The latest development in the Democratic Party's stance on immigration reform is an increasing number of candidates calling for Immigration and Customs Enforcement to be abolished, NBC News reported.
In the wake of a controversy about the treatment of children and families detained while trying to enter the United States illegally, some Democrats are taking the opportunity to escalate the rhetoric on immigration.
"We should abolish ICE and start over, focusing on our priorities to protect our families and our borders in a humane and thoughtful fashion," Rep. Earl Blumenauer (D-Ore.) wrote in a blog post. "Now is the time for immigration reform that ensures people are treated with compassion and respect. Not only because it is the moral thing to do, but it's better policy and will cost less."
Why abolish ICE?
Some Democrats believe that ICE, which is a branch of the Department of Homeland Security, unnecessarily treats illegal immigrants as a national security threat because of its organizational affiliation.
Generally, the politicians or candidates for office who are calling for ICE to be abolished are using the stance as a way to separate themselves from more established opponents or challengers. It isn't uncommon for Democratic underdogs to jump further left to stand out, as some have done in the past on issues of health care or minimum wage increases.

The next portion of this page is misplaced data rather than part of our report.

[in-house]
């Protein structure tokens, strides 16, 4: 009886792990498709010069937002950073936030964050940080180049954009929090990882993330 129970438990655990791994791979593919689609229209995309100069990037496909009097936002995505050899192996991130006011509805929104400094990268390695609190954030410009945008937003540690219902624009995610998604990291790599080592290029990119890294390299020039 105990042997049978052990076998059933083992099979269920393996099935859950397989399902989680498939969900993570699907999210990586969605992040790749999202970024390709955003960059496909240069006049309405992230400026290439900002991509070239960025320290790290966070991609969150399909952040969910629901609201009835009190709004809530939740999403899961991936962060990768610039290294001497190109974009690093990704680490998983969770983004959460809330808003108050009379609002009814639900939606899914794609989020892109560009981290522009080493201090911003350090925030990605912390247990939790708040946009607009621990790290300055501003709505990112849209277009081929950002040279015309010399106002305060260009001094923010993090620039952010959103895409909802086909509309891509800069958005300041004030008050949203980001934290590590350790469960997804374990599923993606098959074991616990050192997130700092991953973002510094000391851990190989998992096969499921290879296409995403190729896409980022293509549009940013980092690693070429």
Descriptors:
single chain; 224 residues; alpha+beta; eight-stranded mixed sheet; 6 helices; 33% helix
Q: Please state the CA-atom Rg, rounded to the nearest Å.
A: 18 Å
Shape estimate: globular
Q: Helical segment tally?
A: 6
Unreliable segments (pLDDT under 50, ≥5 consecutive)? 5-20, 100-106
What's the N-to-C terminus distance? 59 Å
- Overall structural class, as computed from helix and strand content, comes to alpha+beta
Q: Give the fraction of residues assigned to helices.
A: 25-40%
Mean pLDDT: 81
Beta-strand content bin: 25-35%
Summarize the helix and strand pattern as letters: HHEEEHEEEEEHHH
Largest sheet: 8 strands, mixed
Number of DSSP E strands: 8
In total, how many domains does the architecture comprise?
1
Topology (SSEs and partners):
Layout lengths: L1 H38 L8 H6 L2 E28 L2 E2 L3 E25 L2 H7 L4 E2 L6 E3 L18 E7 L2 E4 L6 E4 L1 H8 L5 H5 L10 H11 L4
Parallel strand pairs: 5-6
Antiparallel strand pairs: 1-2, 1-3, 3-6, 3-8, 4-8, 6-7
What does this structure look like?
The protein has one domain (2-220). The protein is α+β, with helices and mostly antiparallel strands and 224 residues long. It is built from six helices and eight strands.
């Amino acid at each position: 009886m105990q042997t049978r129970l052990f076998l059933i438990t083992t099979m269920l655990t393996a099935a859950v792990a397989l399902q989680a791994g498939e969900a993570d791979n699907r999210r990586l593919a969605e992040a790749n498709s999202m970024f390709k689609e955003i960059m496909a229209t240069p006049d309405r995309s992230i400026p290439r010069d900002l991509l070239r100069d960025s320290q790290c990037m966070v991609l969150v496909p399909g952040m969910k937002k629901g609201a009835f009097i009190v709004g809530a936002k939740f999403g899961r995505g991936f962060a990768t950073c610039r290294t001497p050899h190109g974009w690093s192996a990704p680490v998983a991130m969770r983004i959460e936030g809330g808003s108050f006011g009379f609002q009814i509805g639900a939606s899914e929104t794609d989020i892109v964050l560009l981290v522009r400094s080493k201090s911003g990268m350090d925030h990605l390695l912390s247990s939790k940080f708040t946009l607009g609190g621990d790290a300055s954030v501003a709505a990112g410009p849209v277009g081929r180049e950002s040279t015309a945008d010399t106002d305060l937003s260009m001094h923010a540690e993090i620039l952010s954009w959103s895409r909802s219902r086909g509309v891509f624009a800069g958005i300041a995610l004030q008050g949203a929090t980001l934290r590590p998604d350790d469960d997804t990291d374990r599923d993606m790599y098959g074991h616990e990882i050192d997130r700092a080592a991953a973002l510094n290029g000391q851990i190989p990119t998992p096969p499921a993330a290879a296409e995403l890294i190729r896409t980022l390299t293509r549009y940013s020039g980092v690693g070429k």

From NBC News:
The insurgents are not favored to win, but they've made waves and take credit for forcing the incumbents — including Rep. Joe Crowley, who is in line to potentially succeed Rep. Nancy Pelosi of California as the party’s leader — to move to the left on the issue.
Meanwhile, Florida Democrat Matt Haggman just a launched a TV ad entirely focused on his desire to "close ICE down." He goes on to use that position to contrast himself with Donna Shalala, the Bill Clinton Cabinet official who is currently the frontrunning Democrat in the heavily Hispanic district.
Those calling for ICE to be abolished are still a minority. NBC News reported that 15 Democratic congressional candidates have run on a platform to abolish or de-fund ICE. But the movement appears to be gaining some momentum within the party.
Sen. Kamala Harris, a rising star in the Democratic Party and a potential 2020 presidential candidate, suggested on NBC's "Meet the Press" that the government should "think about starting from scratch" with ICE.
Harris's comments represent a change in tone from March, when she said on MSNBC that "ICE has a purpose, ICE has a role, ICE should exist. But let's not abuse the power. Let's not extend it to areas that are not posing a threat to the safety and public safety of these communities."
Other supporters of abolishing ICE include Cynthia Nixon, who is challenging New York Gov. Andrew Cuomo for the Democratic nomination, and Randy Bryce, who is running in House Speaker Paul Ryan's Wisconsin district.
Sean McElwee is an activist who has helped push the idea of abolishing ICE. He seemed to acknowledge that, for Democrats, it took a president they didn't like to get them to acknowledge the problems with the immigration system, most of which existed under previous administrations.
"Trump's boorishness has exposed the fundamental inhumanity of the system for Democrats in a way that they were never going to see when Obama was president," McElwee said.